Cultivating "success" and "failure" in policy: Participatory irrigation management in Nepal

M. Singh, J. Liebrand, D. Joshi

Research output: Contribution to journalArticle

3 Citations (Scopus)

Abstract

Introduced over a decade ago and considered largely successful by irrigation professionals, Irrigation Management Transfer and Participatory Irrigation Management (IMT/PIM) policies were recently reviewed and seen to have resulted in more cases of “failure” than “success”. Primary research on two IMT/PIM projects in Nepal, which were among the few “successes” in the assessment supporting a “failed” PIM, shows how such policy-driven evaluations, when defining success, overlook incongruities between policies, institutions, and the evolving dynamics around class, caste, ethnicity, and gender. Without exploring the dynamics of practice, the process of “cultivating” success and/or failure in evaluations provides little insight on how irrigation management works on the ground.
Original languageEnglish
Pages (from-to)155-173
Number of pages19
JournalDevelopment in Practice
Volume24
Issue number2
Early online date30 May 2014
DOIs
Publication statusPublished - 2014

Fingerprint

Nepal
irrigation
management
caste
project management
ethnicity
evaluation
policy
gender

Keywords

  • Irrigation
  • Participation
  • Aid
  • Development policies
  • South Asia

Cite this

Cultivating "success" and "failure" in policy : Participatory irrigation management in Nepal. / Singh, M.; Liebrand, J.; Joshi, D.

In: Development in Practice, Vol. 24, No. 2, 2014, p. 155-173.

Research output: Contribution to journalArticle

@article{84bd2f1cec8f4c229acf27f8180d182d,
title = "Cultivating {"}success{"} and {"}failure{"} in policy: Participatory irrigation management in Nepal",
abstract = "Introduced over a decade ago and considered largely successful by irrigation professionals, Irrigation Management Transfer and Participatory Irrigation Management (IMT/PIM) policies were recently reviewed and seen to have resulted in more cases of “failure” than “success”. Primary research on two IMT/PIM projects in Nepal, which were among the few “successes” in the assessment supporting a “failed” PIM, shows how such policy-driven evaluations, when defining success, overlook incongruities between policies, institutions, and the evolving dynamics around class, caste, ethnicity, and gender. Without exploring the dynamics of practice, the process of “cultivating” success and/or failure in evaluations provides little insight on how irrigation management works on the ground.",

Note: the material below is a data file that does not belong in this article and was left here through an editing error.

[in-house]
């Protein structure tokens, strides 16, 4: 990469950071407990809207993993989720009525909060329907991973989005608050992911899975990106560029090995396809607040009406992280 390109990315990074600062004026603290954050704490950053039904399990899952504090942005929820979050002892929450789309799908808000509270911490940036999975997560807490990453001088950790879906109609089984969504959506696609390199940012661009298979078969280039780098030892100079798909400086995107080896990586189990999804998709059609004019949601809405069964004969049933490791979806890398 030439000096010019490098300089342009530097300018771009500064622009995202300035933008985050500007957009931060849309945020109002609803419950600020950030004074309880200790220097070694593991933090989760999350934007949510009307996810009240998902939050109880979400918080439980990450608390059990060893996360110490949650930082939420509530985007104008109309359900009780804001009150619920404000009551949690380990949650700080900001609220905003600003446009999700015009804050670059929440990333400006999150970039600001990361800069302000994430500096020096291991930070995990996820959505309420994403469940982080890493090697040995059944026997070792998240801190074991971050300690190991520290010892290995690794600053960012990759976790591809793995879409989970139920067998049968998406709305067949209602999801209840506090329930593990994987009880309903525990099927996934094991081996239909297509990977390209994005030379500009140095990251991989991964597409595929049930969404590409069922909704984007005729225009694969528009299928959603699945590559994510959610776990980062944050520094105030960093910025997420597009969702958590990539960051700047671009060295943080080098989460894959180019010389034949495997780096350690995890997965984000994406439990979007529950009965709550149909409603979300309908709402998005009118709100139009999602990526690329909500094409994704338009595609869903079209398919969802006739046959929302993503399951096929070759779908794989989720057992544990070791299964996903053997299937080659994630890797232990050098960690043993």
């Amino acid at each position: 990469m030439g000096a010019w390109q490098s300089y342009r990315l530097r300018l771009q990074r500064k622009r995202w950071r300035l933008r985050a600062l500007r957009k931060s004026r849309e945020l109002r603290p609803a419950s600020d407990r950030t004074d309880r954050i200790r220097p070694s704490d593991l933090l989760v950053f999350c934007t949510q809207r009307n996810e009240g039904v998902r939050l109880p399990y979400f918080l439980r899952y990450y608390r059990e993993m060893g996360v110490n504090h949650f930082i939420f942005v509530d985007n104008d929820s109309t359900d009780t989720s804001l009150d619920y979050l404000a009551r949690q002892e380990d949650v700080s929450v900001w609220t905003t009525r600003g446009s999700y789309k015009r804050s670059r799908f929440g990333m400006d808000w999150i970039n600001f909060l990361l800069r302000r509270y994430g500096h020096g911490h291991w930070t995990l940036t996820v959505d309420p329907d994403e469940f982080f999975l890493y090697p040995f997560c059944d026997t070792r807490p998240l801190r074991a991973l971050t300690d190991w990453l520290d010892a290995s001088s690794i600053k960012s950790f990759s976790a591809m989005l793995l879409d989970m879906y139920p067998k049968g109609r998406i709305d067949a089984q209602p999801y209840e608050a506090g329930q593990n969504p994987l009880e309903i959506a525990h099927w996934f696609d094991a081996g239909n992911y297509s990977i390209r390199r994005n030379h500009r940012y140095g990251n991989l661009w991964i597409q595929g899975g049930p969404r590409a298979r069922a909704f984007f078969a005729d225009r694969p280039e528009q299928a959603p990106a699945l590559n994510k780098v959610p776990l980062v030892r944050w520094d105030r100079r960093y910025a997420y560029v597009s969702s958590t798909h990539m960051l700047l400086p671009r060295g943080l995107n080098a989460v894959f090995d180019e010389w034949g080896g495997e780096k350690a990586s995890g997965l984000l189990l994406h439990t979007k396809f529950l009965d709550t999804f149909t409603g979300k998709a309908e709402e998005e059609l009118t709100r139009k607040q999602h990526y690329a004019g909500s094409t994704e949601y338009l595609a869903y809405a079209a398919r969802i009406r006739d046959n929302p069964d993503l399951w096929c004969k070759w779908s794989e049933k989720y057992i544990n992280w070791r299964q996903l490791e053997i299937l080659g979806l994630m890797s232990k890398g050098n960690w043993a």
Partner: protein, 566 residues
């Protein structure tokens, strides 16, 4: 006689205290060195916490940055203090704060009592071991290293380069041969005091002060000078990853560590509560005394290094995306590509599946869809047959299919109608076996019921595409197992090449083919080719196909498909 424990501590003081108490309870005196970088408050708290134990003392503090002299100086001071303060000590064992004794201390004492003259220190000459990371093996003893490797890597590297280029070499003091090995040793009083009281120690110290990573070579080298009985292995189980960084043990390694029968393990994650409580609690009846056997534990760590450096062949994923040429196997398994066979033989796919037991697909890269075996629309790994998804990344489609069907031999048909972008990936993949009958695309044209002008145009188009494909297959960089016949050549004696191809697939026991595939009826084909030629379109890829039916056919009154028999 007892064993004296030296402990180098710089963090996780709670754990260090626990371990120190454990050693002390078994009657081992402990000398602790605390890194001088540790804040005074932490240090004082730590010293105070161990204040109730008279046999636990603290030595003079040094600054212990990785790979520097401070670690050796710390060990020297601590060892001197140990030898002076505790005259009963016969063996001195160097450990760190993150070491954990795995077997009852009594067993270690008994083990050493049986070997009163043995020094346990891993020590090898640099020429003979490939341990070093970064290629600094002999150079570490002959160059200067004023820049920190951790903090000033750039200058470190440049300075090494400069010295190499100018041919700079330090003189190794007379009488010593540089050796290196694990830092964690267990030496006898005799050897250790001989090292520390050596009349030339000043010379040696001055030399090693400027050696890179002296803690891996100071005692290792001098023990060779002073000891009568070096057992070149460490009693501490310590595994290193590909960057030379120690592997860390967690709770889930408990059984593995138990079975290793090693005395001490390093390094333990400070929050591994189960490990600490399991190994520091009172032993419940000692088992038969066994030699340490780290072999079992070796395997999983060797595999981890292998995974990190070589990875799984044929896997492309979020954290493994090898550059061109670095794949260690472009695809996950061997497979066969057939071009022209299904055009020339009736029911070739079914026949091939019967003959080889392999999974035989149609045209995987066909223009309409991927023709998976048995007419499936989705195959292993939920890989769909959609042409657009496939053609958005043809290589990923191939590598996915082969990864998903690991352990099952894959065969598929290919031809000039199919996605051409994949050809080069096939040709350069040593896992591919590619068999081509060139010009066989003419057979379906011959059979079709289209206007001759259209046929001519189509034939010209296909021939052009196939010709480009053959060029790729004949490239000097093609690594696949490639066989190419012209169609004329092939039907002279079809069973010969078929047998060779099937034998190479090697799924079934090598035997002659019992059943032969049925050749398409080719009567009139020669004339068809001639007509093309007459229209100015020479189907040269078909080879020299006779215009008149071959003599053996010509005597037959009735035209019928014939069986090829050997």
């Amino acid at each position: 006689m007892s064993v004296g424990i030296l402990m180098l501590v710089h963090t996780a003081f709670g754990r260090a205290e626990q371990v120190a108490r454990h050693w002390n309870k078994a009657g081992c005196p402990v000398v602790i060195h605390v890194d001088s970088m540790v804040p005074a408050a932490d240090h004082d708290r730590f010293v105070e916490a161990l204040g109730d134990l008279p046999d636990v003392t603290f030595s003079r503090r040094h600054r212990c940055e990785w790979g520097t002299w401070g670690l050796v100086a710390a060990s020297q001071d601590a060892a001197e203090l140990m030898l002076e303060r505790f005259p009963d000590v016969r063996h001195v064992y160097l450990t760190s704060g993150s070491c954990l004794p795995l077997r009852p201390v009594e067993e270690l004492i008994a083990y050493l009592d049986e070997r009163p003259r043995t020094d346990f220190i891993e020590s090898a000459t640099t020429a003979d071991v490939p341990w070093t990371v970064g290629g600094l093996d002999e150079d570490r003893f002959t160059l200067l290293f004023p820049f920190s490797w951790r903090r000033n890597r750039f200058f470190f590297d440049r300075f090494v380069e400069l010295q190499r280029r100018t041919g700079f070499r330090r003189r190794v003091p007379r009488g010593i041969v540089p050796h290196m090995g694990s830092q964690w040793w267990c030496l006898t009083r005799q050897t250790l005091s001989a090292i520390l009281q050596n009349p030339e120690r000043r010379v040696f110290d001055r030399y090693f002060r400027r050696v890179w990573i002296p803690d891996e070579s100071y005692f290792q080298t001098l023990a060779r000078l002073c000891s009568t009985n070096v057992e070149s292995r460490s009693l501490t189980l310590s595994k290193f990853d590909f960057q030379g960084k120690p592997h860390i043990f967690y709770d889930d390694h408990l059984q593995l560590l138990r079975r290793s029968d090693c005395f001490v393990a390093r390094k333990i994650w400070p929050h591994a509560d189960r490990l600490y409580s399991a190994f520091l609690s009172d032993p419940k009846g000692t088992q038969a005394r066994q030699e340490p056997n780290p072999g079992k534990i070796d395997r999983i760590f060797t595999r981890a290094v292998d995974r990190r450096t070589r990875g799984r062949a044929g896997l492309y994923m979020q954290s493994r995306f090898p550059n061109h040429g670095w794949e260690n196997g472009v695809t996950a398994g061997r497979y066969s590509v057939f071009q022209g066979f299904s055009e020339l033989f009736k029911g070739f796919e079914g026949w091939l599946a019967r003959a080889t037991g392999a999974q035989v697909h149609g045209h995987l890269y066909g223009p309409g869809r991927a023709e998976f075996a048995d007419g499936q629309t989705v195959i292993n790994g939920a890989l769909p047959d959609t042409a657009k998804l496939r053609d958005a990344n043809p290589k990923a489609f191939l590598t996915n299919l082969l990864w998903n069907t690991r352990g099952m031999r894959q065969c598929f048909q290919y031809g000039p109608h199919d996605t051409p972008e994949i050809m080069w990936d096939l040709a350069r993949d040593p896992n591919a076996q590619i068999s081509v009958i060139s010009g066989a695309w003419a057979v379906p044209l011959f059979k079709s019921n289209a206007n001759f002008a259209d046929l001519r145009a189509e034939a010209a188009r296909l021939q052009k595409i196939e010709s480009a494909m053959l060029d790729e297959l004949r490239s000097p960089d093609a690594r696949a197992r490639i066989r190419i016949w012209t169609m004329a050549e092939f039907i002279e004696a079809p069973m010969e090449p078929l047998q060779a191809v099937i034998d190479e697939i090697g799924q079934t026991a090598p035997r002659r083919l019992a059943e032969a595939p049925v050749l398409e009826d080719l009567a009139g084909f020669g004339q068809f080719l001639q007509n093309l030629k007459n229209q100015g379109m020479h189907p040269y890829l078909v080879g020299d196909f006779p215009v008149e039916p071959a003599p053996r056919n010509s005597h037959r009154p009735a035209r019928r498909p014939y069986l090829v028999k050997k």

keywords = "Irrigation, Participation, Aid, Development policies, South Asia",
author = "M. Singh and J. Liebrand and D. Joshi",
year = "2014",
doi = "10.1080/09614524.2014.885494",
language = "English",
volume = "24",
pages = "155--173",
journal = "Development in Practice",
issn = "0961-4524",
publisher = "Taylor & Francis",
number = "2",

}

TY - JOUR

T1 - Cultivating "success" and "failure" in policy

T2 - Participatory irrigation management in Nepal

AU - Singh, M.

AU - Liebrand, J.

AU - Joshi, D.

PY - 2014

Y1 - 2014

N2 - Introduced over a decade ago and considered largely successful by irrigation professionals, Irrigation Management Transfer and Participatory Irrigation Management (IMT/PIM) policies were recently reviewed and seen to have resulted in more cases of “failure” than “success”. Primary research on two IMT/PIM projects in Nepal, which were among the few “successes” in the assessment supporting a “failed” PIM, shows how such policy-driven evaluations, when defining success, overlook incongruities between policies, institutions, and the evolving dynamics around class, caste, ethnicity, and gender. Without exploring the dynamics of practice, the process of “cultivating” success and/or failure in evaluations provides little insight on how irrigation management works on the ground.

AB - Introduced over a decade ago and considered largely successful by irrigation professionals, Irrigation Management Transfer and Participatory Irrigation Management (IMT/PIM) policies were recently reviewed and seen to have resulted in more cases of “failure” than “success”. Primary research on two IMT/PIM projects in Nepal, which were among the few “successes” in the assessment supporting a “failed” PIM, shows how such policy-driven evaluations, when defining success, overlook incongruities between policies, institutions, and the evolving dynamics around class, caste, ethnicity, and gender. Without exploring the dynamics of practice, the process of “cultivating” success and/or failure in evaluations provides little insight on how irrigation management works on the ground.

KW - Irrigation

KW - Participation

KW - Aid

KW - Development policies

KW - South Asia

U2 - 10.1080/09614524.2014.885494

DO - 10.1080/09614524.2014.885494

M3 - Article

VL - 24

SP - 155

EP - 173

JO - Development in Practice

JF - Development in Practice

SN - 0961-4524

IS - 2

ER -